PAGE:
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After Injury, the Show Goes On
Christopher Reardon, danceonline
November 1, 1995

MOLISSA FENLEY FALLS within a school of choreographers who set limits and then try to dance around them. "The Floor Dances," a solo she created in 1989 around a seemingly arbitrary decision not to stand up, is a fine example of problem solving in dance. The premise led Fenley, who performed December 2 and 3 at Manhattan's Playhouse 91, to find new ways of moving where none seemed possible.

It was also eerily prescient. Fenley had just turned forty when misfortune struck last January. During an opening- night performance at the Joyce Theatre, she snapped a ligament in her left knee and collapsed on the stage floor. The show did not go on. In fact, Fenley has not performed since.

For the first month I just stared at the walls, like a wounded animal hiding under a bush," she told a visitor to her dance studio, fifty-eight steps above street level at SoHo's Dia Center for the Arts. "I had terrible fears that I would never dance again."

Fenley, a postmodern dervish with hazel eyes and cropped hair, believes that dancing is fundamentally a conversation between mind and body. She led a small troupe for nine years, but eventually opted to work alone. "As a soloist, there's a pure transmission of art," she told Anna Kisselgoff, chief dance critic for The New York Times, a few years ago. "It goes from idea to body. It is not being translated by anyone else."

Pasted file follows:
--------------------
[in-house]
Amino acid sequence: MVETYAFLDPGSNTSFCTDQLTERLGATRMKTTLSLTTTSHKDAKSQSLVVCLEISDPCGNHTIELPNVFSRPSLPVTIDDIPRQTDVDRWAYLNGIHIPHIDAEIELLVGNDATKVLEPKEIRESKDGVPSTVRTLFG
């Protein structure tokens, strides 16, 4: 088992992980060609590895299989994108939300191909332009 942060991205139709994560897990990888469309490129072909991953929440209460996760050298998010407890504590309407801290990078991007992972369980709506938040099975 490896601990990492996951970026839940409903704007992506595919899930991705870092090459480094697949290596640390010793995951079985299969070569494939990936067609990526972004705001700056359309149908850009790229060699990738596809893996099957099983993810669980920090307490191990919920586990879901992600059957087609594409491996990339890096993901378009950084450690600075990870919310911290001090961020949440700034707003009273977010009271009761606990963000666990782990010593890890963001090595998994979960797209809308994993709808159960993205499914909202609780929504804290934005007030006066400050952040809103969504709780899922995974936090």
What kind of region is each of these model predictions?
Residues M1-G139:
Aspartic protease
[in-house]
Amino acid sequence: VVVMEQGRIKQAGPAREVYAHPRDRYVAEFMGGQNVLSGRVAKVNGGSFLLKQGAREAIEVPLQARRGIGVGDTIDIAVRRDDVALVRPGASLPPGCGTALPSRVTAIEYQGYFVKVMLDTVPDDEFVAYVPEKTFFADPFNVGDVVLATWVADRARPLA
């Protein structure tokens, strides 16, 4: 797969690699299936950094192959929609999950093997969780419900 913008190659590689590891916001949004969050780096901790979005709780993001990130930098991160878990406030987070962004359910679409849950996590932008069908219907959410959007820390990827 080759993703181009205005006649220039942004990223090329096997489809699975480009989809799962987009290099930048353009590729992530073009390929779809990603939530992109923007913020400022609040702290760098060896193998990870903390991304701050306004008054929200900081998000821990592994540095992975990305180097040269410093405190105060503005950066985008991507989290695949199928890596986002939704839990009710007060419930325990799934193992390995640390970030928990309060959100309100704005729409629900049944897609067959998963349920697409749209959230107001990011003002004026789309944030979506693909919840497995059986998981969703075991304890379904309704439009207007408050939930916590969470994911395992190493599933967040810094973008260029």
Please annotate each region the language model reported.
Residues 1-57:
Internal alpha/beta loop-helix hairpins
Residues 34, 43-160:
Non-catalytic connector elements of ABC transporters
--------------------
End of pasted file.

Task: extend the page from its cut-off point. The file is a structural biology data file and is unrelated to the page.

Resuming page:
Yet last winter's injury has taught Fenley that this inner dialogue is neither as pure nor as direct as she once thought. Between idea and action lie millions of synapses --gaps across which neurons transmit each impulse like so many runners passing a baton. Fenley said she finds herself amazed that, under the healthiest conditions, more communication is not lost to these minute fissures.

Even now, just to do a little plie is like an epiphany," she said. Such gratitude was a long time coming; at first she commiserated with her mother, who has muscular sclerosis and cannot walk. "I lost trust in my leg," Fenley recalled. "It felt like it wasn't mine anymore, like it was an alien thing. I couldn't control it. I told it to walk and it wouldn't. I began to hate my leg."

Reconstructive surgery, physical therapy, and time alone in the studio have helped Fenley try to return to form. Six weeks after the injury, Donald J. Rose, an orthopedic surgeon who directs the Harkness Center for Dance Injuries, removed a tendon from her hamstring and stapled it to her femur and tibia. As she traced an index finger over two small scars just above and below her kneecap, Fenley said the long recovery has tested her patience. She still cannot make a simple 90-degree turn.

I've always healed myself through motion," she said, "but, when you're dealing with tissue that's been grafted, you have to wait for cells to change, for a tendon to learn to be a ligament. All this cellular tissue stuff takes place that you have no control over. You can eat tons of protein and vitamins. And it helps, I guess. But really it just takes time."

Looking back, the injury and its aftermath begin to resemble another of Fenley's experiments in limited mobility. Among the work she has made during her convalescence is a sequel to "The Floor Dances" called "Regions." The 30-minute dance consists of three sections -- "Chair," "Ocean Walk" and "Mesa" -- that suggest stages of recovery.

"Each one came out of what I could manage at the time," she said. "The puzzle was: 'What can you do with this injured person?' These are some possible solutions. Ultimately it's a work of extreme joy, because every day my progress was becoming clearer."

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